Welcome to the back page. I almost dzdn’t see you there. Before I started writing for The Daily Aztec, I was a reader just like you. I’ve found there are two kinds of people who read the back page. Type A is the person who skims the contents of the front page, glances at the middle pages, but ultimately becomes too bored with actual news and is reading this hoping it will capture their attention. Statistically, I’ve already lost 30 percent of my type A readers.
Type B readers are the ones who didn’t really give the rest of the newspaper a fighting chance. They skimmed the contents of the paper only looking at the visuals, winding up on the back page, and are reading this column by default because they got stuck on Sudoku. You can conclude that without this Japanese pastime I might not have an audience at all.
So why do I do it? People are always asking me, “Is it worth the late nights and empty coffee pots? Is it worth potentially developing carpal tunnel syndrome or even something serious like tennis elbow?”
My answer is yes. When I was a dumb, naive little freshman, I set my sights down the business administration path. Slowly, my course schedule stripped me of most of my creativity and happiness by forcing me to memorize formulas. Accounting 201 actually damaged thousands of serotonin receptors beyond repair. It’s my third year in, and I feel like every calculation I’ve done so far will be done on a computer in the real world, and every business concept I’ve learned is borderline common knowledge. I say borderline because if it were completely common knowledge, then it would be abbreviated “COMM.”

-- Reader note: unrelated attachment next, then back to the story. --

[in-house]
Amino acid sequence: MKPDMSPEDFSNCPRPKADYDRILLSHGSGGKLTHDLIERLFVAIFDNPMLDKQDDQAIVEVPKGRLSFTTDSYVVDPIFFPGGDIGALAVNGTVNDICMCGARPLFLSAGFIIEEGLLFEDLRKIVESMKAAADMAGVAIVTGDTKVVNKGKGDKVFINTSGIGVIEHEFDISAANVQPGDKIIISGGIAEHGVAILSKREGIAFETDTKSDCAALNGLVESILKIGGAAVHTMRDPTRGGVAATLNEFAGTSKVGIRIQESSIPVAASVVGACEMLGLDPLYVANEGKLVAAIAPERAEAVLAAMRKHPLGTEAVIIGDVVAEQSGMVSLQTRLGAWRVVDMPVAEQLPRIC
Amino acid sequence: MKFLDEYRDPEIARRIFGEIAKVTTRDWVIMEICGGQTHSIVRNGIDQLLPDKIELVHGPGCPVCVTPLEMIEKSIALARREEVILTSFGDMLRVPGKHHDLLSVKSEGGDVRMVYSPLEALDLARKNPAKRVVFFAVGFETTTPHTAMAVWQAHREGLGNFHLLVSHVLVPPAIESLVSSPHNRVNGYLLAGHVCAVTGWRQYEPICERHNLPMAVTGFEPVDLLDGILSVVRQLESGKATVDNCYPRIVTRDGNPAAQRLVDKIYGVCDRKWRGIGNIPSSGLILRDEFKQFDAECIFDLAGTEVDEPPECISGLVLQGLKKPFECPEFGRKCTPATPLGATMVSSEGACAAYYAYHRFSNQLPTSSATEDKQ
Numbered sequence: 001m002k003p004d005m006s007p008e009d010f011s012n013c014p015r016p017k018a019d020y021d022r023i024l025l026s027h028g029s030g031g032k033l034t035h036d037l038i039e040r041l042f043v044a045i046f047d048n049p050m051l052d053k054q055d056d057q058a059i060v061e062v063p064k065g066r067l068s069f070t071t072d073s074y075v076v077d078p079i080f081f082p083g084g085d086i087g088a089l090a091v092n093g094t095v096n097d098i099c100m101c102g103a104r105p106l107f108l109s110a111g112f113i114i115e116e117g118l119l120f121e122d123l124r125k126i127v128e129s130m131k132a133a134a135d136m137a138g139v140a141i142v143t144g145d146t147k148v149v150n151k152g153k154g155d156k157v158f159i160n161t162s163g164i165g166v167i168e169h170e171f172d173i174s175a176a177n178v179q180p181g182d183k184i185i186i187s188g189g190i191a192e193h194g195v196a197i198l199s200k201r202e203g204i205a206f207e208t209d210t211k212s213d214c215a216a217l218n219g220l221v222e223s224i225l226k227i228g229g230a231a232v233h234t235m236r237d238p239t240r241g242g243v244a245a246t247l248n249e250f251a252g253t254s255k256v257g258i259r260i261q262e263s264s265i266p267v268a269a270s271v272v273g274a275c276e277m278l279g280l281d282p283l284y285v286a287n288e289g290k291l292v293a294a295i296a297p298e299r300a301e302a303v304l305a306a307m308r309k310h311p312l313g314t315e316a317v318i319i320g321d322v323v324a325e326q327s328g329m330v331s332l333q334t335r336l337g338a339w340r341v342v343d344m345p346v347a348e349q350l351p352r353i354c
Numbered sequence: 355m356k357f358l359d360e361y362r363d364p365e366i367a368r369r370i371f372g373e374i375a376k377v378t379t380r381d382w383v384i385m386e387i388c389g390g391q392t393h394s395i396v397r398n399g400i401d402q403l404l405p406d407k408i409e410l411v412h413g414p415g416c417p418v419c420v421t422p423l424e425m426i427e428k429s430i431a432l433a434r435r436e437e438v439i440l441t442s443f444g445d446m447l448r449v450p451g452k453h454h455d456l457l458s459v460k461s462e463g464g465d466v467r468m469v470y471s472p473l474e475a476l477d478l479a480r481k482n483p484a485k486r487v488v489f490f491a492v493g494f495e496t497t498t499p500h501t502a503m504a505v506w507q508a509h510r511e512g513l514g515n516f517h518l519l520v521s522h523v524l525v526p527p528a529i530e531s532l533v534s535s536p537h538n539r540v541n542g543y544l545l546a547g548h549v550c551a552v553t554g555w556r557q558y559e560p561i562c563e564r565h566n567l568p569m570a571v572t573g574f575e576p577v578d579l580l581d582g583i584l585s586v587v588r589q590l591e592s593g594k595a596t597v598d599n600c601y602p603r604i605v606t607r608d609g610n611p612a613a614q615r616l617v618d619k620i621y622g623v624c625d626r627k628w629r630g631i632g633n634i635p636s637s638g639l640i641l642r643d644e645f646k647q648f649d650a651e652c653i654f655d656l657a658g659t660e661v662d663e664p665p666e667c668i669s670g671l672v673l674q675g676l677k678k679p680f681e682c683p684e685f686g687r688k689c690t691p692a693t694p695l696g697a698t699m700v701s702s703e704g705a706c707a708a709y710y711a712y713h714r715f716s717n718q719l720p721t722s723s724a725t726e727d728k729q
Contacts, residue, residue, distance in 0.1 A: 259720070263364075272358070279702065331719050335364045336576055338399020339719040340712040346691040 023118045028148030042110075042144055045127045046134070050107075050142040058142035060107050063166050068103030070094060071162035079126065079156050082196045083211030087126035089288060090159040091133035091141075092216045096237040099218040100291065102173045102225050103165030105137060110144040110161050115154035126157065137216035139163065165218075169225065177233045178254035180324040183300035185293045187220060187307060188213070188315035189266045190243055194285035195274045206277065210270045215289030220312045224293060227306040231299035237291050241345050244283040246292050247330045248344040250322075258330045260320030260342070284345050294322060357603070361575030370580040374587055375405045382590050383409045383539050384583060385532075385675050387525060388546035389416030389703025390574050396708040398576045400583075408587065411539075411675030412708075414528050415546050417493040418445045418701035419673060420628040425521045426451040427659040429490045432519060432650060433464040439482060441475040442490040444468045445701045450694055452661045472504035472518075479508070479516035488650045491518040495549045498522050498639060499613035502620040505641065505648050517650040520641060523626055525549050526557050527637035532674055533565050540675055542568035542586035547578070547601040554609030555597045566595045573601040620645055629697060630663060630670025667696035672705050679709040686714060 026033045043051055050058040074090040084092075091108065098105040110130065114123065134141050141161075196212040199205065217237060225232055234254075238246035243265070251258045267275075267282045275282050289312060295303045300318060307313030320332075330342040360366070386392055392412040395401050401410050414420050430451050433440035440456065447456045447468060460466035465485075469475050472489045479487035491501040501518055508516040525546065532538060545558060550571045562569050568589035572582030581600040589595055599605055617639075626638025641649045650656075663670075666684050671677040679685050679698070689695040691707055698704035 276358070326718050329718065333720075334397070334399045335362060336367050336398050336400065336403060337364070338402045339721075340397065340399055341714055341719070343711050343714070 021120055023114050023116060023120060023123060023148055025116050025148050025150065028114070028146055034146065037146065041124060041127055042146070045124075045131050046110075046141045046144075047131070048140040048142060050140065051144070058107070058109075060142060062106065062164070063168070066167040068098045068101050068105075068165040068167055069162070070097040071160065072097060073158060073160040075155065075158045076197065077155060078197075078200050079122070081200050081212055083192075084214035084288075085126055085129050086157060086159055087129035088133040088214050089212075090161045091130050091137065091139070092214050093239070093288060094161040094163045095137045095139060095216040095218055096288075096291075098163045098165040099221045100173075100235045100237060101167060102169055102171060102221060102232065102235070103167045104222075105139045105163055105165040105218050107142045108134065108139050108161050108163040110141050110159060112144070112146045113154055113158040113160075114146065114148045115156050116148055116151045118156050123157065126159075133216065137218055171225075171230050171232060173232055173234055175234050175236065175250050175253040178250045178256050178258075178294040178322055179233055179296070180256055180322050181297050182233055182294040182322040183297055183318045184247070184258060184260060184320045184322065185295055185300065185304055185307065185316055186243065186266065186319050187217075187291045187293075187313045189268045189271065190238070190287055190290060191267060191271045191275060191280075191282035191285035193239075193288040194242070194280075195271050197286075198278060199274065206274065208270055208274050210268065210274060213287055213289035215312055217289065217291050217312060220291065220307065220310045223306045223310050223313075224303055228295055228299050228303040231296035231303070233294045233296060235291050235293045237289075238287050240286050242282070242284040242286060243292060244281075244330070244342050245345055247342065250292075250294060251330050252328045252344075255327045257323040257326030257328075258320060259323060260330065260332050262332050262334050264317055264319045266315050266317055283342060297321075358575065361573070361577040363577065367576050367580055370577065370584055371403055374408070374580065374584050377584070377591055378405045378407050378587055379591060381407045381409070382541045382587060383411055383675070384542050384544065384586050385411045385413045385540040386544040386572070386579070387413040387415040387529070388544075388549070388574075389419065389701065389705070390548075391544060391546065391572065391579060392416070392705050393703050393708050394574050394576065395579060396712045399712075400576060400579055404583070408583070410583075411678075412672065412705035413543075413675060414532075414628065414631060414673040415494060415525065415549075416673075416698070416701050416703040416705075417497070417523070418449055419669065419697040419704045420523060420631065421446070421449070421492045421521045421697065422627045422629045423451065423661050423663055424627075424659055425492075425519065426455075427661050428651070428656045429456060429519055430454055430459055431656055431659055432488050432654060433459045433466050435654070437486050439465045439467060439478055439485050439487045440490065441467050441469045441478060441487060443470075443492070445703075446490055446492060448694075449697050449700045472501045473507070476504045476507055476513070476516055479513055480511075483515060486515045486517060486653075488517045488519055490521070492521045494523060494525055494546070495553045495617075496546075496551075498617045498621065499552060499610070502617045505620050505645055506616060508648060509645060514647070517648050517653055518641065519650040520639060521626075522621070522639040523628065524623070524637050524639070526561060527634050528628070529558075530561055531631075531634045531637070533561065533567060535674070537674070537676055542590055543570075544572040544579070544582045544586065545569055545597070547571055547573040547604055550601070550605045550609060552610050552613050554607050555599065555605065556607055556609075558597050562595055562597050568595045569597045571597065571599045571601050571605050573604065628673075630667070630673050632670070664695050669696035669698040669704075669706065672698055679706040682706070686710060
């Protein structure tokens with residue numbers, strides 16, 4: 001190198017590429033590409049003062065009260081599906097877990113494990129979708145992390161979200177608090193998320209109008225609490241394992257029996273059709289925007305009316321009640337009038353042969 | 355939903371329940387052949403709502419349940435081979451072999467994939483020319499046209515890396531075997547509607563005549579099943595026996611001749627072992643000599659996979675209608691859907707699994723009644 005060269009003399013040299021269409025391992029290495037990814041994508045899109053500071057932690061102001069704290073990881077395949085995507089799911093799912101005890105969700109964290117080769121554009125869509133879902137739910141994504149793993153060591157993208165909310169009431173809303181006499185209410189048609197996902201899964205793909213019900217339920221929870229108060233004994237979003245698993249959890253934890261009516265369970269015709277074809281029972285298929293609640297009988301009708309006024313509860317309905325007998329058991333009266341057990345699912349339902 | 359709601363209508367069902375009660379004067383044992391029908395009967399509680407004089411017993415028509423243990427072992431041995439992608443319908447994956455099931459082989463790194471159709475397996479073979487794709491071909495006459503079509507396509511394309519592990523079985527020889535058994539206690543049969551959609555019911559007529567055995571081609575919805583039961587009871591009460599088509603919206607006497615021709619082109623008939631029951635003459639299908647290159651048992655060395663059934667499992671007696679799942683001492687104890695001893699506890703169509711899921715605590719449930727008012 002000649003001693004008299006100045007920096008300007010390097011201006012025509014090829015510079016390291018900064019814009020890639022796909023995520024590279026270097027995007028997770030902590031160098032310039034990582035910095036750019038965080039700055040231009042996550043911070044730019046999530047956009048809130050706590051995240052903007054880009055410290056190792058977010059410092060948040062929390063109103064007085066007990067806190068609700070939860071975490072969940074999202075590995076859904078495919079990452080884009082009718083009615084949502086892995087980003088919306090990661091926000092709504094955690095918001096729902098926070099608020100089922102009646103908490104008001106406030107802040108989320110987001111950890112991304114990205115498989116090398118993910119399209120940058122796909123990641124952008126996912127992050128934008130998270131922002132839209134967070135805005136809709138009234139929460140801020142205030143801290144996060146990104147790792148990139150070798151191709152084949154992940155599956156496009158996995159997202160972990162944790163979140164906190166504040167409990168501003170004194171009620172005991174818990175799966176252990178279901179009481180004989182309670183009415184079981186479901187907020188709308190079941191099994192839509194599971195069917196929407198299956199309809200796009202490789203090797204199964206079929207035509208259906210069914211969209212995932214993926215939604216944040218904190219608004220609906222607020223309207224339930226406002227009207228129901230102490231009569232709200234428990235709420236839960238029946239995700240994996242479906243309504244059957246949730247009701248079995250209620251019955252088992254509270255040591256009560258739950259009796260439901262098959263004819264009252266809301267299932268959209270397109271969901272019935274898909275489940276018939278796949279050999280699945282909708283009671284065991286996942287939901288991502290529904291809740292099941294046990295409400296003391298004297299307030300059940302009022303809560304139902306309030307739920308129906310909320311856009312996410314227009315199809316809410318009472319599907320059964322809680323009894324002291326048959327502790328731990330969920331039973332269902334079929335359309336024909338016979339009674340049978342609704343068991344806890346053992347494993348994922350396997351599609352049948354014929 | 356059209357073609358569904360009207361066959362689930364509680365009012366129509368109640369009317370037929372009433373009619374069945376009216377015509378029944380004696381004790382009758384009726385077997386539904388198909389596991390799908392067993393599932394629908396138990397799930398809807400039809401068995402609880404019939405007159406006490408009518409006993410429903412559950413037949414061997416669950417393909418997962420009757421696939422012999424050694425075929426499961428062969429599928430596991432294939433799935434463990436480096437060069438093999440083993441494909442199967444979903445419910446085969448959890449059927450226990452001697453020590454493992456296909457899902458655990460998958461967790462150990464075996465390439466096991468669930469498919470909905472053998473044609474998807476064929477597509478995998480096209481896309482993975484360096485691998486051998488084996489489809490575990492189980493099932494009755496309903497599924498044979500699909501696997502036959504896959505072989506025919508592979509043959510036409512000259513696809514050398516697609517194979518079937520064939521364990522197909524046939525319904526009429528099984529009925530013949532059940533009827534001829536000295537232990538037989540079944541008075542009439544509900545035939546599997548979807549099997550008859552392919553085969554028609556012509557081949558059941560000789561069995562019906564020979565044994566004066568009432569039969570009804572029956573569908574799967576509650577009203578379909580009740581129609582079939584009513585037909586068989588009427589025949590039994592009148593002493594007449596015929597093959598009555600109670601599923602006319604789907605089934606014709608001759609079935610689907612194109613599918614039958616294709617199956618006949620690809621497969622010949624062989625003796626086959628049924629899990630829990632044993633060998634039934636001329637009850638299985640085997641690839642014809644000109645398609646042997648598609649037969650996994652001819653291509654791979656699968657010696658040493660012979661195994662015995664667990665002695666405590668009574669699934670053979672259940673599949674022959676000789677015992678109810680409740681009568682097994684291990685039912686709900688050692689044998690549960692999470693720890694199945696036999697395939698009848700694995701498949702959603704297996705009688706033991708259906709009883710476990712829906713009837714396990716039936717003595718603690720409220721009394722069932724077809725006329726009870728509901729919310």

This column is my retaliation against the business major. This column is for all the times I’ve walked out of a class knowing with unwavering assurance, with unfaltering confidence, that those 75 minutes did not benefit my present or future life. If the business world believes time is money, then the mere writing of this column is in complete contradiction; however, if I let go of doing the things I love, the business world wins. This is a classic internal struggle most of us will succumb to when we set aside our dreams for a 40-hour work week.
To my fellow readers who are in too deep with their majors to switch out and would rather bite their tongues and finish in four years, this one’s for you. To my fellow business majors who have chosen to silently repeat, “The ends justify the means,” this one’s for you. To my fellow accounting majors, I cannot offer you any advice because you’ve already given up on everything beautiful in this world.
Steve Jobs said every morning he looks in the mirror and asks, “If today were the last day of my life, would I want to do what I’m about to do today?” I’ve been doing the same thing and all I can say is, thank God for online lecture notes.
8212;Matt Powers is a marketing junior.
8212;This column does not necessarily reflect the opinion of The Daily Aztec.